Liturgy: Pre-recorded Music at Mass
And More on Communion Services
ROME, NOV. 24, 2004 (Zenit) - Answered by Father Edward McNamara, professor of liturgy at the Regina Apostolorum Pontifical University.
Q: What is the official teaching of the Church on using taped music at Mass? We just attended a funeral today and two songs were played over the loud speaker that were professional recordings. Each of these had a Christian message. Another song was pre-recorded onto a tape and was sung by a relative. Is there any official document that has guidelines that would help with this situation? -- C.Y., Murdock, Minnesota
A: There are few universal norms which explicitly forbid the using of recorded music during the liturgy. But this should not be surprising as it is impossible to foresee everything that the human imagination can conjure up.
The principal documents that deal with music in Church always emphasize the importance of singing and presume the presence of live musicians who are considered as being part of the assembly.
Thus the General Instruction of the Roman Missal states in Nos. 39-40: "The Christian faithful who gather together as one to await the Lord's coming are instructed by the Apostle Paul to sing together psalms, hymns, and spiritual songs (cf. Col 3:16). Singing is the sign of the heart's joy (cf. Acts 2:46). Thus Saint Augustine says rightly, 'Singing is for one who loves.' There is also the ancient proverb: 'One who sings well prays twice.'
"Great importance should therefore be attached to the use of singing in the celebration of the Mass, with due consideration for the culture of the people and abilities of each liturgical assembly. Although it is not always necessary (e.g., in weekday Masses) to sing all the texts that are of themselves meant to be sung, every care should be taken that singing by the ministers and the people is not absent in celebrations that occur on Sundays and on holy days of obligation."
Later the same document (in No. 312) states: "The choir should be positioned with respect to the design of each church so as to make clearly evident its character as a part of the gathered community of the faithful fulfilling a specific function. The location should also assist the choir to exercise its function more easily and conveniently allow each choir member full, sacramental participation in the Mass."
The same principles are also valid for organists and other musicians.
The reason for this is that the use of music in the liturgy is always to enhance the quality of liturgical prayer and can never be considered as entertainment.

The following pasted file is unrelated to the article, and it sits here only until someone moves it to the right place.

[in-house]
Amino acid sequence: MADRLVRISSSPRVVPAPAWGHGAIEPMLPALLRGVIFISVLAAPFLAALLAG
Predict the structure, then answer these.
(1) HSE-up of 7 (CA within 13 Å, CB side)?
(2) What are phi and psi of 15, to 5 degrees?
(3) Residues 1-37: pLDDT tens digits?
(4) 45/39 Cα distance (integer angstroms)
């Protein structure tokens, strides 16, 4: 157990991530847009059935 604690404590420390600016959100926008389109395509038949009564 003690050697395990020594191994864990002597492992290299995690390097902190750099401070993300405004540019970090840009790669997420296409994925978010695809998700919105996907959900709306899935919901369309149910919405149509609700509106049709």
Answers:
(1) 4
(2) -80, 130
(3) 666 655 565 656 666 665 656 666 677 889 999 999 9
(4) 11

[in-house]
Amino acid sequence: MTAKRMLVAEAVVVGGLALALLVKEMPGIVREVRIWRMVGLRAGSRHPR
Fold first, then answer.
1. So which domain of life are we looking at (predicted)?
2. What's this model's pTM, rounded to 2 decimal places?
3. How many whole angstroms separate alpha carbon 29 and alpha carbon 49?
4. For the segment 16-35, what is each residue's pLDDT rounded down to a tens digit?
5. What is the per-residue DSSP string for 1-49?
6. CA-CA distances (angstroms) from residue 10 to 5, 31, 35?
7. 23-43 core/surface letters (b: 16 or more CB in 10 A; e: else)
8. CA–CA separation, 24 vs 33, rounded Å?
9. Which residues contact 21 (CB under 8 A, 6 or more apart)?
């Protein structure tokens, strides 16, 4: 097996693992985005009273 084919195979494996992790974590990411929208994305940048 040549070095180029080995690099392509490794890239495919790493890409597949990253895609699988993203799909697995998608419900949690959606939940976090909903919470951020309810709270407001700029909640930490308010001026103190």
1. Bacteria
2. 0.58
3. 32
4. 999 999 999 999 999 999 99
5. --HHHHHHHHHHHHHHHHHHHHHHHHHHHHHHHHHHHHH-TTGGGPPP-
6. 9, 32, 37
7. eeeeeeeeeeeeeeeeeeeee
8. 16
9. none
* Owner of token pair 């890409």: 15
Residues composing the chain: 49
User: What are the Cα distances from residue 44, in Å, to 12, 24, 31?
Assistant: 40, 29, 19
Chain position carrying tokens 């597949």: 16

It is practically impossible for recorded music to serve the same function.
All the same, there is one circumstance where recorded music has been permitted, if somewhat timidly, in the Directory for Children's Masses. No. 32 of this document states:
"Care should always be taken, however, that the musical accompaniment does not overpower the singing or become a distraction rather than a help to the children. Music should correspond to the purpose intended for the different periods at which it is played during the Mass.
"With these precautions and with due and special discretion, recorded music may also be used in Masses with children, in accord with norms established by the conferences of bishops."
Among the various episcopal conferences, one that has explicitly forbidden the use of recorded music in the liturgy is the Italian. The Italian bishops have even extended this prohibition to cover children's Masses by calling attention to the need for the "veracity" of important liturgical signs such as singing, and furthermore "stresses the duty of educating in song the assembly of little ones that participates in the Sacred Celebration."
For this reason the conference states: "It is good to use recorded music to teach the songs outside of the sacred celebration but it is not permitted to use it during Mass."
* * *
Follow-up: Communion Services Before Daily Mass
Several readers asked for clarifications on our Nov. 9 column regarding holding a Communion service before Mass.
First, the column addressed the specific situation of holding a Communion service guided by a layperson in a parish situation where Mass was readily available.
Thus what I had to say in no way affected other legitimate situations where a layperson acts as an extraordinary minister of Communion, such as bringing Communion to the sick, the elderly and to those in prison.
Related to this, some readers tied this question to a previous answer in which I stated that an extraordinary minister of holy Communion should not self-communicate.
Once more, this reply was related to serving at Mass. Both the deacon and the lay extraordinary minister of ...
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